In order to meet its Kyoto obligations and to cut dependence on oil, Japan has started importing biofuels from Brazil and elsewhere. And even though the country has limited local bioenergy potential, its Agriculture Ministry will begin a search for natural resources, including farm products and their residues, that can be used to make biofuels in Japan. To this end, studies will be conducted at 900 locations nationwide over a three-year period. The Japan Times - Jan. 12, 2007.

    Chrysler's chief economist Van Jolissaint has launched an arrogant attack on "quasi-hysterical Europeans" and their attitudes to global warming, calling the Stern Review 'dubious'. The remarks illustrate the yawning gap between opinions on climate change among Europeans and Americans, but they also strengthen the view that announcements by US car makers and legislators about the development of green vehicles are nothing more than window dressing. Today, the EU announced its comprehensive energy policy for the 21st century, with climate change at the center of it. BBC News - Jan. 10, 2007.

    The new Canadian government is investing $840,000 into BioMatera Inc. a biotech company that develops industrial biopolymers (such as PHA) that have wide-scale applications in the plastics, farmaceutical and cosmetics industries. Plant-based biopolymers such as PHA are biodegradable and renewable. Government of Canada - Jan. 9, 2007.

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Thursday, September 21, 2006

Small fertilizer doses yield big impact in sub-Saharan Africa

At the recently held African Fertiliser Summit, experts agreed: Africa's low agricultural productivity is due to an enormous lack of small investments in the most basic farming inputs: machinery, fertilizer, pesticides. Food crises in Africa are not caused by a lack of land or by bad weather, but by a lack of simple techniques and inputs, and by bad governance and a lack of distribution infrastructure. According to the FAO, many sub-Saharan farmers could increase their yields by 70% tomorrow, if only they were to implement the most basic of farming techniques.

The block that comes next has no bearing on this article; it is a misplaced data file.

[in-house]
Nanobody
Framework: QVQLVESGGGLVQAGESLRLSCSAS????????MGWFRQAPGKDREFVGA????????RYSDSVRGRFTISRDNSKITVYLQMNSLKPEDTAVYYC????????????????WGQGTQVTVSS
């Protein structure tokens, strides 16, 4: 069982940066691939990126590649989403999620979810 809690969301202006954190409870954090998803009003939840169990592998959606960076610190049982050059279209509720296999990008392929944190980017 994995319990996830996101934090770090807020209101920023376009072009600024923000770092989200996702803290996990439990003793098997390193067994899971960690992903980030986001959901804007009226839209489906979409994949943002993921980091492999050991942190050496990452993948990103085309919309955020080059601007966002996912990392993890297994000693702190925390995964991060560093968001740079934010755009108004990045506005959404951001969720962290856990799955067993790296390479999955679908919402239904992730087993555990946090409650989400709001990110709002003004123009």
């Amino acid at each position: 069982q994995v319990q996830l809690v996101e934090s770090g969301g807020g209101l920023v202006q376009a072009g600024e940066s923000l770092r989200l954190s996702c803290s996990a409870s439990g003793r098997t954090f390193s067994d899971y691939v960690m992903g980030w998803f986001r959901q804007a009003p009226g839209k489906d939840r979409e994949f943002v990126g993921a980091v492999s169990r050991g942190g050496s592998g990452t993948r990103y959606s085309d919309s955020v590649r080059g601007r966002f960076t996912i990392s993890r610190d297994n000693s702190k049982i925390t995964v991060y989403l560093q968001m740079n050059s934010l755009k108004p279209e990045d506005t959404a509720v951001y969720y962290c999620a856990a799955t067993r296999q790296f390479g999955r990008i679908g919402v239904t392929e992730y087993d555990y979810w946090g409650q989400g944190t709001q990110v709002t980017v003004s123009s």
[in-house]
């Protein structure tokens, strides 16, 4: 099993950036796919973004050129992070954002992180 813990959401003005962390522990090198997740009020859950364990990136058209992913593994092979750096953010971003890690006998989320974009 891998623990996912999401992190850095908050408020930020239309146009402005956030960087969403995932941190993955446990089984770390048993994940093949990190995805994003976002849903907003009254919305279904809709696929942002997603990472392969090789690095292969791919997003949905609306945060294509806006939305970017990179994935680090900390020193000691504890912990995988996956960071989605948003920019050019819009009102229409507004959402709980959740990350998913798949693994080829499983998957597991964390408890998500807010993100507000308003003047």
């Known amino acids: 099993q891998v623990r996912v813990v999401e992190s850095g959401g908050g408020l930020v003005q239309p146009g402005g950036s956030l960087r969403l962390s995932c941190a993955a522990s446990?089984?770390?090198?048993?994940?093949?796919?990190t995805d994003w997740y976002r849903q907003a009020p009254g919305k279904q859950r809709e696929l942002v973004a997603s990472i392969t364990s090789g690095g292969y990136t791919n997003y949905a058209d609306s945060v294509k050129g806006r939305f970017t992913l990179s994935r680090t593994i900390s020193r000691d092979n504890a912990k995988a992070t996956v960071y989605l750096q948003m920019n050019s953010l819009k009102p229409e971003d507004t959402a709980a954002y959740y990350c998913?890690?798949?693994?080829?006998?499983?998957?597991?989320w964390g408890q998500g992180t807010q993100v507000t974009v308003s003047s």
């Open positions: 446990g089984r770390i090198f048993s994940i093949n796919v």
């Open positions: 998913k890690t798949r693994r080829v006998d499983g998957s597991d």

The fertilizer microdosing technique developed by the International Crops Research Institute for the Semi-Arid Tropics (ICRISAT) once again proves this dreadful fact (dreaful because the problem of Africa's food and fuel shortages could be solved so easily, it seems). Microdosing has reintroduced fertilizer use in Zimbabwe, Mozambique and South Africa in the southern part of African continent; and Niger, Mali and Burkina Faso in western Africa. And through this intervention, ICRISAT and partners have surmounted the barrier to productivity increase which even crop improvement could not overcome.

In 2006, which has been declared as the International Year of Deserts and Desertification by the United Nations, ICRISAT's microdosing initiative is improving the livelihood of the poor and marginal farmers of sub-Saharan Africa (SSA) through enhanced agricultural productivity in the drylands. According to Dr William Dar, Director General of ICRISAT, the strength of the microdosing initiative has been the strong partnerships with donors, international and national agricultural research and extension systems, NGOs and farmer communities. "Microdosing permits small farmers to get good impact by adding affordable quantities of fertilizer to the fields. And through the warrantage credit scheme in western Africa, the farmers are effectively linked with the markets," Dar added.

Farmers in the project countries have developed innovative techniques to apply microdoses of the appropriate fertilizer. While the farmers in southern Africa use fertilizer measured out in an empty soft drink or beer bottle cap, in western Africa the farmers measure fertilizer with a three-finger pinch and apply it in the same hole in which the seed is sown.

Linking microdosing to relief in southern Africa
ICRISAT's programs in southern Africa initially emphasized the development of more drought tolerant varieties of sorghum and pearl millet. A combination of international and national crop breeders selected earlier maturing varieties with good food and feed qualities. These offered large yield gains in drought years when the rainy season ended early. But yield gains during normal or longer rainy seasons were smaller. Dr Steve J Twomlow, ICRISAT's Global Theme Leader on Agro-Ecosystems and the leader of the microdosing project in southern Africa, explains "though there was good adoption by farmers of improved varieties, we realized that we did not get the expected yield increase. There had to be some other limiting factor." The idea of microdosing derived from the recognition that nitrogen was often in shorter supply than water.

The problem was that few small-scale farmers in these drought-prone regions used any fertilizer. For instance, surveys in southern Zimbabwe showed that less than 5% of the farmers used chemical fertilizers. And even more unexpectedly 60% of the households owning livestock did not even use available cattle manure as soil amendment. Farmers argued that these inputs were too risky. Despite years of extension advice, they did not understand the value of fertilizer: